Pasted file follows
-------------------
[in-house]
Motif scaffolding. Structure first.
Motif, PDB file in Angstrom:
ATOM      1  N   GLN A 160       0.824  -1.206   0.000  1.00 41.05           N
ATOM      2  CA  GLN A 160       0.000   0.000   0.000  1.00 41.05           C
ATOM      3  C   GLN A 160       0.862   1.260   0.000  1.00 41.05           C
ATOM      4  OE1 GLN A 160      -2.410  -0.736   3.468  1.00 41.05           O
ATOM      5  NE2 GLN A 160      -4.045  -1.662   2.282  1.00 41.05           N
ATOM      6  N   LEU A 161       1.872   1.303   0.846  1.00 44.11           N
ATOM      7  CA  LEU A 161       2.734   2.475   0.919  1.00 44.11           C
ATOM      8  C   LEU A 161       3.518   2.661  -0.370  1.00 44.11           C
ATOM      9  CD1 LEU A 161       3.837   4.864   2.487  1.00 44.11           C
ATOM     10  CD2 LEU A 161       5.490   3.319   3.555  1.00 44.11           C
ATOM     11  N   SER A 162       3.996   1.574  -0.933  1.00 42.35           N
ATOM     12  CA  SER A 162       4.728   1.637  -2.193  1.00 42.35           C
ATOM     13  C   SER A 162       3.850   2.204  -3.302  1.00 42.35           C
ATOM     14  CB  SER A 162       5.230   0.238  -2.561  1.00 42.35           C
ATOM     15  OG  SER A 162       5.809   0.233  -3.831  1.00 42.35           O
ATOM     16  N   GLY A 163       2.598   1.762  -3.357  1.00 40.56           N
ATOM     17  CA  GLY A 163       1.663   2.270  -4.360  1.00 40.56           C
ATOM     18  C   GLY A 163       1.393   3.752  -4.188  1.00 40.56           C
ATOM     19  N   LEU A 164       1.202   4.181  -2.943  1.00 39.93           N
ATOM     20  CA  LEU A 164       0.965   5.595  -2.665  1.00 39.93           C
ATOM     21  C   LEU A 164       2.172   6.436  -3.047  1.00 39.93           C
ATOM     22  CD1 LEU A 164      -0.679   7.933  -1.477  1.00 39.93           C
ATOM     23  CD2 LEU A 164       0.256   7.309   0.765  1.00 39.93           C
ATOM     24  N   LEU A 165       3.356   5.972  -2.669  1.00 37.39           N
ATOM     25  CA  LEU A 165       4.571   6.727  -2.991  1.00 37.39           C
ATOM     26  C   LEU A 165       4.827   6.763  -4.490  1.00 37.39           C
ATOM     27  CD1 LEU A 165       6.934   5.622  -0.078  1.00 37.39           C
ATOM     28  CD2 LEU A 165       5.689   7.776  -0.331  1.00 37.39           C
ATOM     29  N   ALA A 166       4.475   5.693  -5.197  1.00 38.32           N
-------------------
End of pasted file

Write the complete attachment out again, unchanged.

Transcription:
[in-house]
Motif scaffolding. Structure first.
Motif, PDB file in Angstrom:
ATOM      1  N   GLN A 160       0.824  -1.206   0.000  1.00 41.05           N
ATOM      2  CA  GLN A 160       0.000   0.000   0.000  1.00 41.05           C
ATOM      3  C   GLN A 160       0.862   1.260   0.000  1.00 41.05           C
ATOM      4  OE1 GLN A 160      -2.410  -0.736   3.468  1.00 41.05           O
ATOM      5  NE2 GLN A 160      -4.045  -1.662   2.282  1.00 41.05           N
ATOM      6  N   LEU A 161       1.872   1.303   0.846  1.00 44.11           N
ATOM      7  CA  LEU A 161       2.734   2.475   0.919  1.00 44.11           C
ATOM      8  C   LEU A 161       3.518   2.661  -0.370  1.00 44.11           C
ATOM      9  CD1 LEU A 161       3.837   4.864   2.487  1.00 44.11           C
ATOM     10  CD2 LEU A 161       5.490   3.319   3.555  1.00 44.11           C
ATOM     11  N   SER A 162       3.996   1.574  -0.933  1.00 42.35           N
ATOM     12  CA  SER A 162       4.728   1.637  -2.193  1.00 42.35           C
ATOM     13  C   SER A 162       3.850   2.204  -3.302  1.00 42.35           C
ATOM     14  CB  SER A 162       5.230   0.238  -2.561  1.00 42.35           C
ATOM     15  OG  SER A 162       5.809   0.233  -3.831  1.00 42.35           O
ATOM     16  N   GLY A 163       2.598   1.762  -3.357  1.00 40.56           N
ATOM     17  CA  GLY A 163       1.663   2.270  -4.360  1.00 40.56           C
ATOM     18  C   GLY A 163       1.393   3.752  -4.188  1.00 40.56           C
ATOM     19  N   LEU A 164       1.202   4.181  -2.943  1.00 39.93           N
ATOM     20  CA  LEU A 164       0.965   5.595  -2.665  1.00 39.93           C
ATOM     21  C   LEU A 164       2.172   6.436  -3.047  1.00 39.93           C
ATOM     22  CD1 LEU A 164      -0.679   7.933  -1.477  1.00 39.93           C
ATOM     23  CD2 LEU A 164       0.256   7.309   0.765  1.00 39.93           C
ATOM     24  N   LEU A 165       3.356   5.972  -2.669  1.00 37.39           N
ATOM     25  CA  LEU A 165       4.571   6.727  -2.991  1.00 37.39           C
ATOM     26  C   LEU A 165       4.827   6.763  -4.490  1.00 37.39           C
ATOM     27  CD1 LEU A 165       6.934   5.622  -0.078  1.00 37.39           C
ATOM     28  CD2 LEU A 165       5.689   7.776  -0.331  1.00 37.39           C
ATOM     29  N   ALA A 166       4.475   5.693  -5.197  1.00 38.32           N